Blog Author : tkhan

  • Research Experiences

    A plot of Pin oaks surrounded by tall grass
    A plot of Pin oaks surrounded by tall grass. Located in Warefield, a research portion of the Morton Arboretum.

    Hello everyone!

     

    I can not believe my ten weeks are done, and that this is my last day at the Arboretum. While here, I have learned so much, and not just about my own project. The chance to hear about other URFs projects and even help them has allowed me to experience a variety of research.  This has definitely been one of my favorite parts of this summer.

     
    Through my own project, I learned how to install a SFM1 Sap Flow Meter. This is the first time the Arboretum is using Sap Flow Meter, and I am glad I had the chance to be part of the process of finding innovating ways to use this brand new technology.
    Two people in front of a tree, measuring where on the trunk 1 meter from the ground is
    Preparing to install the sap flow meter
     
    My project also gave me the chance to learn how to core trees.
    A person using a blue hollow hand drill to take an increment core from a pin oak
    Christine teaching me how to core a tree
    A person pulling a tree core out of the hollow part of a hand drill that has bored into the trunk of a tree
    I am taking a tree core out of the corer
    Christine Carrier
     
    My entire project took place in Warefield, a section of the Arboretum just for research. Before my internship, I didn’t even know this part of the Arboretum existed.
     
    A plot of trees surrounded by tall grass
    The section of Warefield where my research took place
     
    My changed over the course of the summer, and I am no longer using the drone, however I still learned how to fly it during my early weeks here. This was super exciting, and an experience I would likely have never had if not for my time at the Arboretum.  I also learned how to make a 3D model from the pictures the drone took.
     
    A person flying a drone low to the ground near a oak tree
    Learning to fly a drone
     
    Helping out fellow URF Alyssa gave my a sneak peak into the world of leaf nutrient analysis. I got to help out with the process from collecting samples to measuring and grinding.
    Four severed branches on the ground with plastic bags with twig samples below them.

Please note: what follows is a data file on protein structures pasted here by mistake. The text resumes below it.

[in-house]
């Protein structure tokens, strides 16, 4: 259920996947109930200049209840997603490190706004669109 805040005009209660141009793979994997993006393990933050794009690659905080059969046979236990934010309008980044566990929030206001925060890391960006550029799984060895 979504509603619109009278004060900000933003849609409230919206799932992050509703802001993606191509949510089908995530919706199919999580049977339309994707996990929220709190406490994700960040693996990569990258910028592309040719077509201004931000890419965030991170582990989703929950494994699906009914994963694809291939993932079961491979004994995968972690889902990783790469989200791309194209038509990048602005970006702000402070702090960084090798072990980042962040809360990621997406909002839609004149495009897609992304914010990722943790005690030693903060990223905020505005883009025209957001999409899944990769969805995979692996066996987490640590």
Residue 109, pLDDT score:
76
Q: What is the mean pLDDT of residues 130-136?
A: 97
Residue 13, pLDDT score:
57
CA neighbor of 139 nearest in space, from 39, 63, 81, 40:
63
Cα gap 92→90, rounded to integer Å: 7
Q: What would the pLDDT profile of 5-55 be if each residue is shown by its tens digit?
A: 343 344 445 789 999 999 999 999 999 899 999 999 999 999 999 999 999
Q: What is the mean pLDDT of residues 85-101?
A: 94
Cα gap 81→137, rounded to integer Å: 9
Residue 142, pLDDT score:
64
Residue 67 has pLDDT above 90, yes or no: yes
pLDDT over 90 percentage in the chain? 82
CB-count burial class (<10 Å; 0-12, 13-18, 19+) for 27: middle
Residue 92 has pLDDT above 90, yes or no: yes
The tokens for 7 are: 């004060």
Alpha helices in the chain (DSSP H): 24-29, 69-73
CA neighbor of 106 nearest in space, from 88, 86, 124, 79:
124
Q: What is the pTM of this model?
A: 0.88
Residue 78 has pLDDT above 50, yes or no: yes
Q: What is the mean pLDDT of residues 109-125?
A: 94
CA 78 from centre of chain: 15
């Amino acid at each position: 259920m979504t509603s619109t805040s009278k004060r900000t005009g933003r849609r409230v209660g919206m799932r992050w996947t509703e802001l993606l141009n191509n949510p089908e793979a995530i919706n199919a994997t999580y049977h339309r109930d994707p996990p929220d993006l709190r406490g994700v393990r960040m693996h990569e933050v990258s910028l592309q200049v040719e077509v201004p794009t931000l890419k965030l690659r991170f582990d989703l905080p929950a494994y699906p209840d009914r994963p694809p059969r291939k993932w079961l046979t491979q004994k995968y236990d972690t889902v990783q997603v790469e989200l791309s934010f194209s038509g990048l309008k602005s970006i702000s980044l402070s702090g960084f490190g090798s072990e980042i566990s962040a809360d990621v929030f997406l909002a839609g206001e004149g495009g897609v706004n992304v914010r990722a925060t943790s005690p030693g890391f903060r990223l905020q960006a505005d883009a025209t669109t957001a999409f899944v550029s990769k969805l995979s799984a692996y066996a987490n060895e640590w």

Collecting leaf and twig samples
    four leaves laid out on white paper with a ruler below them
    We took photos of the leaves with a ruler next to them. This was so that the program ImageJ could measure the area of each leaf.
    A mortar and pestle filled with ground up leaves. A tiny jar with ground of leafs inside of it.
    We grinded leaves in the mortar and pestle so their Nitrogen content could be analyzed
     

    I also had the chance to get a taste of lab work while helping Alyssa prepare the DNA samples she needed for her project.

    A blue container filled with numbered plastic vials
    I helped Alyssa get all her vials labeled
     
    There is so much amazing research happening at the Arboretum, and I am so happy I had the chance to be a part of it this summer.
  • Field Trip!

    The gray skeleton of a dinosaur displayed in the main hall of the Field Museum
    Sue the dinosaur

    The Morton fellowship has not only given me the chance to create my own research project, but also to visit some exciting places. One of the places we visited was the Chicago Field Museum. The trip was extra exciting because we received a behind the scene view of the ongoing research. Here are some of the highlights of the trips.

     

    We had a chance to visit the lab where fish are studied. The size of the skeletons and how well preserved the scales were really surprised me.

    A table full of blue and green trays holding fish skeletons and scales of various sizes
    The fish lab

     

    We also spent some time looking at the pinned butterflies. I learned that the butterflies’ beautiful bright colors are created by the structure of their scales, and stay vibrant as long as they are not in the sun.

    A glass box filled with pinned black and white butterflies with blue and yellow details on their wings
    Pinned butterflies
    six bright blue iridescent butterflies with black tipped wings in a a glass case
    Iridescent butterflies

    The collections in the basement was another stop on our tour. I had no idea so many specimens were stored in the Field Museum!

    A shelled specimen preserved in a glass jar
    A specimen from the collections
    The blue and pink stained skeleton of a small bat in a glass jar
    Bat skeleton from the collections

     

    We wrapped up our trip by visiting the exhibits and of course Sue the dinosaur!

    The skeleton of a dinosaur displayed in the museum
    Sue the dinosaur
    The Field Museum
  • Lights, Camera, Action!

    Pink "X"s spray painted on the trunk of a Pin oak
    Spray paint mapping out where sap flow meters will be installed

    These past few week I have been working on setting the stage for my experiment. My project has changed a bit since my first post, and I am now studying the impact of an injury on the rate of sap flow in Pin oaks. Choosing the trees and installing the sap flow meters was a process that was completely new to me.

     

    Even before we went outside, we mapped out where we wanted to put the sap flow meters.